Sports and other physical activities are challenging for him.  He’s not the fastest, slickest guy on the field.  And even when he’s participating in a seemingly innocuous activity like an egg toss, his Sensory Processing Disorder makes it extraordinarily challenging.  When kids are running and screaming around him, his body gets overstimulated and basically shuts off.  He drops the egg and lets his team down.

This day, though the best day for most kids, is one of the worst days for him.

As his parent, I dress him up, give him a little pep talk and send him on his way to do his best.  I think it’s important he learns to participate and that he understand that trying his best is good enough. I also refuse to raise a quitter.  Not every activity that he is expected to participate in is going to be his favorite or something he is good at.  It’s important he understand this early on and learns to try his best to rise to the occasion.  And who knows, maybe he will get a surge of “sportiness” and help his team to victory.

As his parent, I’m also going to do whatever I can within my power to advocate for my son’s success.  That’s why I e mailed the school and asked if there was any way they could create one, “non-sports-based activity” for that day.  Just one thing that would help a “non-sporty” kid feel like he or she could contribute to his or her team in a meaningful way. I pointed out that teamwork can just as easily be promoted through LEGO tower building or some other less physical event.  I highlighted that while I valued their support of Man’s academic success, it seemed that their support of children with special needs did not to extend outside of the classroom as much as they thought it did.

Not unexpectedly, their answer was no.  “We provide the requisite support for your son.”

That statement was like a bullet to my heart.  You see, as many parents of children with special needs can attest to, “providing the requisite support” is NOT the same as promoting an environment where we let our children shine and thrive for their differences.  Today, with the statistics of children diagnosed with any number of behavioral, learning, and/or emotional disorders rising dramatically from year to year, different is the new same.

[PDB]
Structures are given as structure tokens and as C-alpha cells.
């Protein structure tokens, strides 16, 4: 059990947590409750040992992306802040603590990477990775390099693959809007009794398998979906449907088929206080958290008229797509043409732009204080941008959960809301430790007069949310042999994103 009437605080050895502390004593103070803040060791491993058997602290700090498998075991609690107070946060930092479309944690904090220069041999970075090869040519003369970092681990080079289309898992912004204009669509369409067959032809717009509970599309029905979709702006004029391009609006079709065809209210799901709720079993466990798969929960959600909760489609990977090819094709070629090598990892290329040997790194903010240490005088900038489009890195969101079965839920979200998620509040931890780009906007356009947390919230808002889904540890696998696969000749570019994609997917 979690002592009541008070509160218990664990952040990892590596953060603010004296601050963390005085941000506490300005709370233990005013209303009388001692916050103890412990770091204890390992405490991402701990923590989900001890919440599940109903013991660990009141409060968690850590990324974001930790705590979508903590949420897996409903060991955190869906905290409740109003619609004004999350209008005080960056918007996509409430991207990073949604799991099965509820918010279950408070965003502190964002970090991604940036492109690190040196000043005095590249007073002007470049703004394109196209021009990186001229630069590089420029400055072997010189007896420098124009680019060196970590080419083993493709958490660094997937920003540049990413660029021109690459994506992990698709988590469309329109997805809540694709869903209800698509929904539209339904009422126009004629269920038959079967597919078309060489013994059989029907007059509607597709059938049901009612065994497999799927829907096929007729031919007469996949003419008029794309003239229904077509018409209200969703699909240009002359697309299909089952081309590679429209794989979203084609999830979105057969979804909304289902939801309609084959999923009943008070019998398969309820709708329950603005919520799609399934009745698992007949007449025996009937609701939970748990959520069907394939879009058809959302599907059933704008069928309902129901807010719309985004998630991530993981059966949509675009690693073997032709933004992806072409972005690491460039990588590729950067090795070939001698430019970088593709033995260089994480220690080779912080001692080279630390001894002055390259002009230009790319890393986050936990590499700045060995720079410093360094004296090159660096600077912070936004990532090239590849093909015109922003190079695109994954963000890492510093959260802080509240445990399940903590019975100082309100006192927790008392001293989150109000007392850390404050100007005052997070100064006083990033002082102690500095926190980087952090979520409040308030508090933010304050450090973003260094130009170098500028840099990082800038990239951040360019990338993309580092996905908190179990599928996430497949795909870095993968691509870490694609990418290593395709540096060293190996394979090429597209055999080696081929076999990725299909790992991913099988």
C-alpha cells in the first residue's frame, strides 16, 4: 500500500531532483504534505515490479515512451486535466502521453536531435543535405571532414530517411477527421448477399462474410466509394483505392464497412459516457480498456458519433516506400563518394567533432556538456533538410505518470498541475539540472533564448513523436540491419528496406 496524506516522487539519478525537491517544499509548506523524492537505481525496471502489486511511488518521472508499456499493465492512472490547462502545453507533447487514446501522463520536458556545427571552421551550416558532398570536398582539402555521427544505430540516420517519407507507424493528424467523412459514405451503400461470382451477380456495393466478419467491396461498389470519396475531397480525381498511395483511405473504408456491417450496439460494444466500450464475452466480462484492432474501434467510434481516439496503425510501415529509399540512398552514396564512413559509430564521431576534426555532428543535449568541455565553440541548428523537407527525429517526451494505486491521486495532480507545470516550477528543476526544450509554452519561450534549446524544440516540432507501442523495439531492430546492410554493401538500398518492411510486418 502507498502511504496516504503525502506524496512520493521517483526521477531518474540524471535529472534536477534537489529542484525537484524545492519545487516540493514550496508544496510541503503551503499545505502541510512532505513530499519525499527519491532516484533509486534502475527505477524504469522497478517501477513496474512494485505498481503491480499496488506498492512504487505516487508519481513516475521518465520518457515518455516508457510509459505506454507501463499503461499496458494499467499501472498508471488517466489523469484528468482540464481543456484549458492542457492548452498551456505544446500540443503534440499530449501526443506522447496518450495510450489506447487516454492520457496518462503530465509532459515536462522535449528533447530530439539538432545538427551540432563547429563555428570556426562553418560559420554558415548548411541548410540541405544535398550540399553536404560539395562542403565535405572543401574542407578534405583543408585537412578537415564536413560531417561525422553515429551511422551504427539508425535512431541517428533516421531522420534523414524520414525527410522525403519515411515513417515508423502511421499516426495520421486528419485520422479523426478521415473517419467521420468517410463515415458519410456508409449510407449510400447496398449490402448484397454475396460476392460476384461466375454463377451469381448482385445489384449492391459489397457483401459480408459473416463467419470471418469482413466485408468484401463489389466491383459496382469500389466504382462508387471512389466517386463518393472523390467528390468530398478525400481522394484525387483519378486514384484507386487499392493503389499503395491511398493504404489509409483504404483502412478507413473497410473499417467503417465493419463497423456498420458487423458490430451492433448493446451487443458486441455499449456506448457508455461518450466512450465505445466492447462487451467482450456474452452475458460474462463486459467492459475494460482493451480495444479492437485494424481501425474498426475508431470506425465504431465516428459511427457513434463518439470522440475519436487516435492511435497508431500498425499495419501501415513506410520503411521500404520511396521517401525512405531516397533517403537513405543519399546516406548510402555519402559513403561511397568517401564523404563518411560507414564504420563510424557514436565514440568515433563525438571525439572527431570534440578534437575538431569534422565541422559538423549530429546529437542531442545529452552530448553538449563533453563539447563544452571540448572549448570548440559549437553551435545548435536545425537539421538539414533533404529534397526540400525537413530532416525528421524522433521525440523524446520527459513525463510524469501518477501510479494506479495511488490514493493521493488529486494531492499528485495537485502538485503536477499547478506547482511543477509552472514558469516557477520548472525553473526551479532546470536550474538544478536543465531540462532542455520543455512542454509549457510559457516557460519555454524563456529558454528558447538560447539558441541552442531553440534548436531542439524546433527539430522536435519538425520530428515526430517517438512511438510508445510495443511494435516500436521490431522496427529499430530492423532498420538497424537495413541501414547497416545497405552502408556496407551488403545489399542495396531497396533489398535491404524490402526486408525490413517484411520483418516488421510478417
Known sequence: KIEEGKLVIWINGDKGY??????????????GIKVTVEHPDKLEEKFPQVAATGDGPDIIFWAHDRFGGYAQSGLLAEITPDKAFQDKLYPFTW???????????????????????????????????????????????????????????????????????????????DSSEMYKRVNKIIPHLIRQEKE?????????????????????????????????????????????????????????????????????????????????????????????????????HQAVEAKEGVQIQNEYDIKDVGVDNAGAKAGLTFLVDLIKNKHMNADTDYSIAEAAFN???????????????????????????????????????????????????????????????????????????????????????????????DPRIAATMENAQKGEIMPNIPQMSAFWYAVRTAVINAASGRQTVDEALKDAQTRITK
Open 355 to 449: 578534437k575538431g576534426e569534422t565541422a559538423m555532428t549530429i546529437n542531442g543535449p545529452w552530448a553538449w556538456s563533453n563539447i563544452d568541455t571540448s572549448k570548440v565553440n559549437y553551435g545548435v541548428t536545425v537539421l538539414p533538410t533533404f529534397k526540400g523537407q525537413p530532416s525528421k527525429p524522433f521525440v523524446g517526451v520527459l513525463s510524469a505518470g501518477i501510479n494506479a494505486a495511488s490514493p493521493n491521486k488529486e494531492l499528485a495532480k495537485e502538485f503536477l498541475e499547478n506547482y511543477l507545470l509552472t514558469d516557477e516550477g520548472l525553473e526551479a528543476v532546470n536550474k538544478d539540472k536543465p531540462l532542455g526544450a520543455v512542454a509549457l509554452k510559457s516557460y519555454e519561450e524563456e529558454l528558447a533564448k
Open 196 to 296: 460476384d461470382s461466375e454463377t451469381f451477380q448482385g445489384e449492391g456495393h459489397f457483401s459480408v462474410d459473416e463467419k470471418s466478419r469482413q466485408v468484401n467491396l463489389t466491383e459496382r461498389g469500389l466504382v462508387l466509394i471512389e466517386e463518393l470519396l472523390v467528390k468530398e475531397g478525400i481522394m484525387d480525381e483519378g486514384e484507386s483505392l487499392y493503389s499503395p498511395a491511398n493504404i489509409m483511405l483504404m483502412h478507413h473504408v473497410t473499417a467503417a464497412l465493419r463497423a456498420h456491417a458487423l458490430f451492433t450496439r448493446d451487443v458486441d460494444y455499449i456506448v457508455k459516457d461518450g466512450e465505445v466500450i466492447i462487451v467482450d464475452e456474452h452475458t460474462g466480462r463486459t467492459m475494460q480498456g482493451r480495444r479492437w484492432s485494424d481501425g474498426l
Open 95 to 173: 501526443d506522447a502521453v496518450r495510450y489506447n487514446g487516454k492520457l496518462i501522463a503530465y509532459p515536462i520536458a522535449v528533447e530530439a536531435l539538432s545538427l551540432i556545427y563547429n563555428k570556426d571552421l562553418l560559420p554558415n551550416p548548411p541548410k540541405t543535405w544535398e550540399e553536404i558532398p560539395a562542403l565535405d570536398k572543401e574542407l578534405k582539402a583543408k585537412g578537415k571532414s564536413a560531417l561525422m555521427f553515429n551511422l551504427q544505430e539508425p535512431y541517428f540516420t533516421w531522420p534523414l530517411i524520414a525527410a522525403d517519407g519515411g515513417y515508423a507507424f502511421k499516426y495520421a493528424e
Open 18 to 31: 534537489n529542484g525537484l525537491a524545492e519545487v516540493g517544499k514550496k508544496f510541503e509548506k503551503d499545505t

I have an expectation, and maybe it’s an unfair one, that my school go beyond just providing what is required of them by law.  I have an expectation that they encourage an environment that allows children to be celebrated for their individuality.  I have an expectation that they demonstrate how some kids might not excel in one area but might kick butt in another completely different arena.  Teaching teamwork is showing children that they all have something unique to contribute.  It’s allowing each team member to be called upon for his or her strengths and carried by others when he is weak.  It’s making sure that every member of that team feels the power of their own personal contribution to that team’s success.  It’s not creating an environment where someone feels less than all day, especially a young child.

I want all children, typical and atypical, to feel the glow of success within the walls of their school.  I want them all to be celebrated for their assets and to understand that they won’t be defined by their weaknesses.  I want schools to go above and beyond what is just legally required of them for the development, success, and benefit of every student that walks through their door.  I want them promote acceptance and understanding.

Who knows, maybe Man will toss the winning ring, or hop across the finish line just in time to win it for his team.  Maybe he will have the best day ever.  But that doesn’t mean that my expectations of his school will change.  It doesn’t mean that I will stop carrying the message and advocating for the support and celebration of his differences.